Local youths place first in statewide anti-substance abuse competition

Posted: Apr. 18, 2013 9:32 am Updated: May. 2, 2013 10:15 am

Herald-Whig Staff Writer

Local high school students placed first in a statewide contest to produce anti-substance abuse messages.

The 26 students involved in the Great River Operation Snowball of Quincy designed a video to illustrate the dangers of drinking and driving.

The video, which shows the negative impact a drunken-driving crash can have on all parties involved, ranked first among projects submitted to the contest by 130 chapters involving more than 50,000 youths.

Operation Snowball is a statewide nonprofit organization that encourages young people to avoid drugs and alcohol. The organization awarded the Quincy chapter with $1,000 for the video project.

Pamela Foster, the Quincy chapter's leader and a prevention specialist at Recovery Resources, said the chapter will use the prize money to continue with Operation Snowball's current programs.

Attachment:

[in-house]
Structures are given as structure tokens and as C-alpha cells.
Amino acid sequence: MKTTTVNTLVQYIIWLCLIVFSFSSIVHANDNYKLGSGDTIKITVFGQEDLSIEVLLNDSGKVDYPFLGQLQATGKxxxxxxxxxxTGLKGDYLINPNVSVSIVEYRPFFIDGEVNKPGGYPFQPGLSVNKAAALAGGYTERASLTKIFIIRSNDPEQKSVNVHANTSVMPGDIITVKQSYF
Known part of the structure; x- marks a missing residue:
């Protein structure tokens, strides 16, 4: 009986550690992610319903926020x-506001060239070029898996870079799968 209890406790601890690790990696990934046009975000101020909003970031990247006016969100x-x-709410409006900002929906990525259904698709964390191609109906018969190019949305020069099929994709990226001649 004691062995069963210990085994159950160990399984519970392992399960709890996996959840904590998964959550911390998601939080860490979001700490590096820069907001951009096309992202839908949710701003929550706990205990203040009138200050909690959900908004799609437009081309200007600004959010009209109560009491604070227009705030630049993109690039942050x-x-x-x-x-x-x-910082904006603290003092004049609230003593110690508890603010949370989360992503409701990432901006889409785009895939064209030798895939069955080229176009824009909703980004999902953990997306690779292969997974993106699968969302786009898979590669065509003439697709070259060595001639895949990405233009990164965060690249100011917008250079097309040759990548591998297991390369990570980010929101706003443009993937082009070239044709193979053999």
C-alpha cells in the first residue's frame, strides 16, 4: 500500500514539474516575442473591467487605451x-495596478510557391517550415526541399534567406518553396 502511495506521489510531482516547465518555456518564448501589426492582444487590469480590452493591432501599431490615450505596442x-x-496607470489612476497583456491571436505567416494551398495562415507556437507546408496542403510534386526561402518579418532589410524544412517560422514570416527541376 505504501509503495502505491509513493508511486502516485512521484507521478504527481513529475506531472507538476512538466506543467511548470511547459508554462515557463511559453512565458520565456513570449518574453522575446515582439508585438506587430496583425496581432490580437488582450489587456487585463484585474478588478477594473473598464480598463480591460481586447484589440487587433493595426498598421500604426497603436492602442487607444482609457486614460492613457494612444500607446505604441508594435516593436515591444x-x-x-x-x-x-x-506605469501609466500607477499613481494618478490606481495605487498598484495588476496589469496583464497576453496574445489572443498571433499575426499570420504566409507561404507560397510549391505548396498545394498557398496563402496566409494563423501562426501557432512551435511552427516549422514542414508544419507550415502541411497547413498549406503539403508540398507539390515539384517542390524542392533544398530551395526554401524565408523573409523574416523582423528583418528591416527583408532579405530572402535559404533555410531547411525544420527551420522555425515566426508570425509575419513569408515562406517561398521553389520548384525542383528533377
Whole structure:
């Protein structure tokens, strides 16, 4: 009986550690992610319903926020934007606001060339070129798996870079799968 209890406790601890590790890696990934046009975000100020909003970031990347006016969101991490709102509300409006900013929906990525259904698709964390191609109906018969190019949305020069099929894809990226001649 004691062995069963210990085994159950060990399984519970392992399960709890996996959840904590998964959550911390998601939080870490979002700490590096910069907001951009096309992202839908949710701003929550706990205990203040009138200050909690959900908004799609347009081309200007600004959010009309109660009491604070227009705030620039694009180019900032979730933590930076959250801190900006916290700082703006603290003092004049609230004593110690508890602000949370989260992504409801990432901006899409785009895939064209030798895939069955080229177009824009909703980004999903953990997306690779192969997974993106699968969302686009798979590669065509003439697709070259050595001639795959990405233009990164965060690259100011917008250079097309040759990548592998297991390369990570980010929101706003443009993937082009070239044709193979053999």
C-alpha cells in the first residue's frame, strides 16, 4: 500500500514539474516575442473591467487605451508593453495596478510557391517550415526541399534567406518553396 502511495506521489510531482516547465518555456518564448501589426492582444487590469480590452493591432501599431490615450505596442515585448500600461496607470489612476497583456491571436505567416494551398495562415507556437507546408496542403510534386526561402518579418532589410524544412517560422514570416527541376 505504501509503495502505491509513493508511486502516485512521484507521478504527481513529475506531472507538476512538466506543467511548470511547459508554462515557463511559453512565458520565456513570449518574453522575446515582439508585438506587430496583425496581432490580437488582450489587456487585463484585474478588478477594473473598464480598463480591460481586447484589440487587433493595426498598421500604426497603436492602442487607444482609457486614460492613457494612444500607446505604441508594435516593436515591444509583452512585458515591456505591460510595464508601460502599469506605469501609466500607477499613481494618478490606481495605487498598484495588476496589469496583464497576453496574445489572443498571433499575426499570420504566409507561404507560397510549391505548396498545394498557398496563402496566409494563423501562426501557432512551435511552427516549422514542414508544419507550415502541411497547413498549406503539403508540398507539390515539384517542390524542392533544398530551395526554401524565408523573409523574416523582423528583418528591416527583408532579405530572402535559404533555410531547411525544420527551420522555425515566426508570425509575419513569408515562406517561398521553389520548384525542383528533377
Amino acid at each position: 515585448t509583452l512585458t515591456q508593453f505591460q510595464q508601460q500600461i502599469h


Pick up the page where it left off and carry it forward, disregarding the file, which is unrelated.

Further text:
"It is wonderful working with kids who are committed to being drug-free," Foster said.

The Operation Snowball students travel to area elementary schools weekly to teach about the importance of making responsible decisions.

Mackenzie Johnston, a senior at Quincy High School and president of Quincy's Operation Snowball chapter, said she became involved in the project because she had benefited from it during middle school.

"I really believed in not using drugs or alcohol in seventh grade, and if I can make a kid feel like I felt in the seventh grade, then that would be awesome," Johnston said.

She hopes the local chapter's video helps young people think about the consequences of their actions. Johnston and her teammate featured local law enforcement and EMTs in the project.

The group debuted the short video to 100 seventh-graders in February. Johnston said the video changed the entire mood of the room. When the music began, the kids giggled, but as the dramatic images rolled across the screen, no one spoke.

"It took a couple minutes for them to be able to snap out of it and talk about it," Johnston said.

"It hit some of them pretty hard, and that was the goal."


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